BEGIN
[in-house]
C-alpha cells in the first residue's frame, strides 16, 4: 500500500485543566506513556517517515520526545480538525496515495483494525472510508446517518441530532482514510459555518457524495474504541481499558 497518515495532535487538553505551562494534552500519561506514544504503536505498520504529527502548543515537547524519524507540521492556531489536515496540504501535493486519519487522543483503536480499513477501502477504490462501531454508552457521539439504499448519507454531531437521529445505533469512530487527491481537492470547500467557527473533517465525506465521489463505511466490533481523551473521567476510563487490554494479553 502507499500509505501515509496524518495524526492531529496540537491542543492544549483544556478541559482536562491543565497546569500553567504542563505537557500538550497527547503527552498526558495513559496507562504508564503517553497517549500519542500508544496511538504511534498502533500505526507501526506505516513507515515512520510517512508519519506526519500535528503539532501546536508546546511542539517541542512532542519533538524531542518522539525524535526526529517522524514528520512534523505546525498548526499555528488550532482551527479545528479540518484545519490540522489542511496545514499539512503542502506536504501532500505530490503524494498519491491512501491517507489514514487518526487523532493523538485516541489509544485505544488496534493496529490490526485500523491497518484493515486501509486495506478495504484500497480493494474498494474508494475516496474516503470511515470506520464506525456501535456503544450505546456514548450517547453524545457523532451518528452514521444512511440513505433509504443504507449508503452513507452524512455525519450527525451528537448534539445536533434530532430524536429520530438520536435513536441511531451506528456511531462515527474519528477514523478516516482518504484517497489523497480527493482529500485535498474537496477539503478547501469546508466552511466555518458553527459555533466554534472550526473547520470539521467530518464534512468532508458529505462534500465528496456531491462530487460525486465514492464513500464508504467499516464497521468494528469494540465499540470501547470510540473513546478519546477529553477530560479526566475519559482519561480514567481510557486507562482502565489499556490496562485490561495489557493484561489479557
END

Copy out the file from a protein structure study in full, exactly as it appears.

[in-house]
C-alpha cells in the first residue's frame, strides 16, 4: 500500500485543566506513556517517515520526545480538525496515495483494525472510508446517518441530532482514510459555518457524495474504541481499558 497518515495532535487538553505551562494534552500519561506514544504503536505498520504529527502548543515537547524519524507540521492556531489536515496540504501535493486519519487522543483503536480499513477501502477504490462501531454508552457521539439504499448519507454531531437521529445505533469512530487527491481537492470547500467557527473533517465525506465521489463505511466490533481523551473521567476510563487490554494479553 502507499500509505501515509496524518495524526492531529496540537491542543492544549483544556478541559482536562491543565497546569500553567504542563505537557500538550497527547503527552498526558495513559496507562504508564503517553497517549500519542500508544496511538504511534498502533500505526507501526506505516513507515515512520510517512508519519506526519500535528503539532501546536508546546511542539517541542512532542519533538524531542518522539525524535526526529517522524514528520512534523505546525498548526499555528488550532482551527479545528479540518484545519490540522489542511496545514499539512503542502506536504501532500505530490503524494498519491491512501491517507489514514487518526487523532493523538485516541489509544485505544488496534493496529490490526485500523491497518484493515486501509486495506478495504484500497480493494474498494474508494475516496474516503470511515470506520464506525456501535456503544450505546456514548450517547453524545457523532451518528452514521444512511440513505433509504443504507449508503452513507452524512455525519450527525451528537448534539445536533434530532430524536429520530438520536435513536441511531451506528456511531462515527474519528477514523478516516482518504484517497489523497480527493482529500485535498474537496477539503478547501469546508466552511466555518458553527459555533466554534472550526473547520470539521467530518464534512468532508458529505462534500465528496456531491462530487460525486465514492464513500464508504467499516464497521468494528469494540465499540470501547470510540473513546478519546477529553477530560479526566475519559482519561480514567481510557486507562482502565489499556490496562485490561495489557493484561489479557